Hundi’s Excellent Freedom Ride

Christophe Valton, Donor Relations Manager

At the Humane Society of Southern Arizona (HSSA), we treat our animals humanely and with dignity. We are also accountable to the community to ensure that adoptable pets are healthy, and of sound behavior. This allows them to find forever homes and become beloved family members. Occasionally, however, we are confronted with the challenge of finding a suitable adopter for a specific dog who, although not dangerous, does not meet the expectations of what a pet should represent. Finding alternative positive solutions where none seem evident requires creativity, good will, and the determination to spare no effort to save a dog’s life. Rottweiler Hundi exemplifies the extent to which HSSA is willing to go in order to ensure a happy ending.

This is his story.

Hundi is a purebred Rottweiler, imported by his owner from Germany as a puppy. He comes from excellent working stock and judicious selective breeding. Highly intelligent and intense, he was protective of his people and his space. While he was not dangerous, his appearance not only provoked admiration but fear and trepidation. To add to the challenge, Hundi was trained in German. The dog did not understand English commands. Housed at HSSA in a kennel, it became quickly apparent that Hundi would not be a good match for the average dog owner, looking for a pet. He rapidly bonded with the HSSA behavior team and a German-speaking volunteer. They worked with him daily to keep him engaged. In the course of forging a close relationship, they discovered that Hundi also had a soft and extremely affectionate side, a side he only allowed “his people” to see.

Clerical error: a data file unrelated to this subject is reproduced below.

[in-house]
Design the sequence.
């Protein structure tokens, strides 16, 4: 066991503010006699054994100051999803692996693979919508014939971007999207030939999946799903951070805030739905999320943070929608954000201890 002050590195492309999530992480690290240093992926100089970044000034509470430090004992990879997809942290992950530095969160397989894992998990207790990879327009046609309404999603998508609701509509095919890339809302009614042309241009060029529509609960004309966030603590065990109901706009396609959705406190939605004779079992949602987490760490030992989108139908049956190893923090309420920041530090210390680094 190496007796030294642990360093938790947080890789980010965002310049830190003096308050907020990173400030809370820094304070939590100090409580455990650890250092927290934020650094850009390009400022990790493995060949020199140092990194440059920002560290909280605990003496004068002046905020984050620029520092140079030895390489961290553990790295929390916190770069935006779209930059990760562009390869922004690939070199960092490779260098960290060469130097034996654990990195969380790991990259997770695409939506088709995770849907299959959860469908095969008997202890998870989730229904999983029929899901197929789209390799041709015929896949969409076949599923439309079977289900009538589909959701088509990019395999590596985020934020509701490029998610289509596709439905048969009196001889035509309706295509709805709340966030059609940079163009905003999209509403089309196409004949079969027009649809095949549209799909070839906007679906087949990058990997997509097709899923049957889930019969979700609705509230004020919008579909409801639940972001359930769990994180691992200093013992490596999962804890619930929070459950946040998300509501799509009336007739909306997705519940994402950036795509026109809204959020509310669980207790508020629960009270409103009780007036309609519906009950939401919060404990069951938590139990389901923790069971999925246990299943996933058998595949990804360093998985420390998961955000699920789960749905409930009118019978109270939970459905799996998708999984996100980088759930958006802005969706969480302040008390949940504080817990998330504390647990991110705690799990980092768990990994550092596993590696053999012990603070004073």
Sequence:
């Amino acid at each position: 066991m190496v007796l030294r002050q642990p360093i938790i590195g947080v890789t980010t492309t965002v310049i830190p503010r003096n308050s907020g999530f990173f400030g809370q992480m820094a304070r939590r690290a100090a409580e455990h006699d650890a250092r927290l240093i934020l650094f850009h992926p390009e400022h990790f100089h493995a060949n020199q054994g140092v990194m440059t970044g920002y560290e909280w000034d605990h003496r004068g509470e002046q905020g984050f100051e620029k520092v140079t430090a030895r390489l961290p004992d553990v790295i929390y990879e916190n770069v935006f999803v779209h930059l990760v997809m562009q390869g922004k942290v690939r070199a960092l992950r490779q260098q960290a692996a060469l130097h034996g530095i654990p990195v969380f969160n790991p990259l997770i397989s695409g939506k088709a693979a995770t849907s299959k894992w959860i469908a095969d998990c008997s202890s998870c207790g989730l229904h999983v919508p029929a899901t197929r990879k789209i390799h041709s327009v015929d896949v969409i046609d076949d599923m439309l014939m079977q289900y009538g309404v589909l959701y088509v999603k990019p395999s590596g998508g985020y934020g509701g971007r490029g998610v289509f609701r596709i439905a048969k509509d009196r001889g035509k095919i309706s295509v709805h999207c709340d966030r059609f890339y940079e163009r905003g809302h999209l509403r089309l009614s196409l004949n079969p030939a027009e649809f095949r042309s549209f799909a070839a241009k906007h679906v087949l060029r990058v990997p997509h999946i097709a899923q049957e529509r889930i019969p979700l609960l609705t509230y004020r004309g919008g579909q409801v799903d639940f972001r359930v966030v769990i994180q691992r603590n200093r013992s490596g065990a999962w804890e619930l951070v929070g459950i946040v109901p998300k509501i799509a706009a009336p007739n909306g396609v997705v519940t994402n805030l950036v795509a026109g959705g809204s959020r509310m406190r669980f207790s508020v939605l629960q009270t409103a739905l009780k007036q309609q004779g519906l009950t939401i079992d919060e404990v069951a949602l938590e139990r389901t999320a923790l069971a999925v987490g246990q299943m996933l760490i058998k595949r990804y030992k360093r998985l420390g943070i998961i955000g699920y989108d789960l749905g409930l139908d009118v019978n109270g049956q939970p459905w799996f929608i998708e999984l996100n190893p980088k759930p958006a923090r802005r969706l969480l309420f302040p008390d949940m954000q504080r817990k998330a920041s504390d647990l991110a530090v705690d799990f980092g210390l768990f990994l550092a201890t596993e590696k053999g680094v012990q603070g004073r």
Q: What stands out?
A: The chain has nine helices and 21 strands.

HSSA’s behavior lead desperately tried to find him an appropriate forever home anywhere in the country—with no success.

Little by little Hundi deteriorated. He did not take well to life in a kennel and watching his spirit break was devastating. Finally, as the time grew close where a decision about his fate needed to be made, the HSSA behavior lead reached out to a trainer in Port Angeles, Wash. She was willing to take Hundi, provided that someone drove him from Tucson to Port Angeles, near the Canadian border. Within 48 hours, volunteers donated sufficient funds to underwrite the 3,000-mile trip, management authorized the use of an HSSA van, and Hundi, a staff member, and the German-speaking volunteer were on the road to Port Angeles. Hundi spent two nights sleeping in queen-sized beds, was refreshed by a bath in the hotel room tub and proved to be a perfectly behaved gentleman. He was introduced to his new home, and after a short acclimation period, Hundi is now thriving, much loved by his new owner.

Hundi’s story has a happy ending because HSSA staff recognized how special he was, did not give up on him, chose to fight for him, and spared no effort to save his life.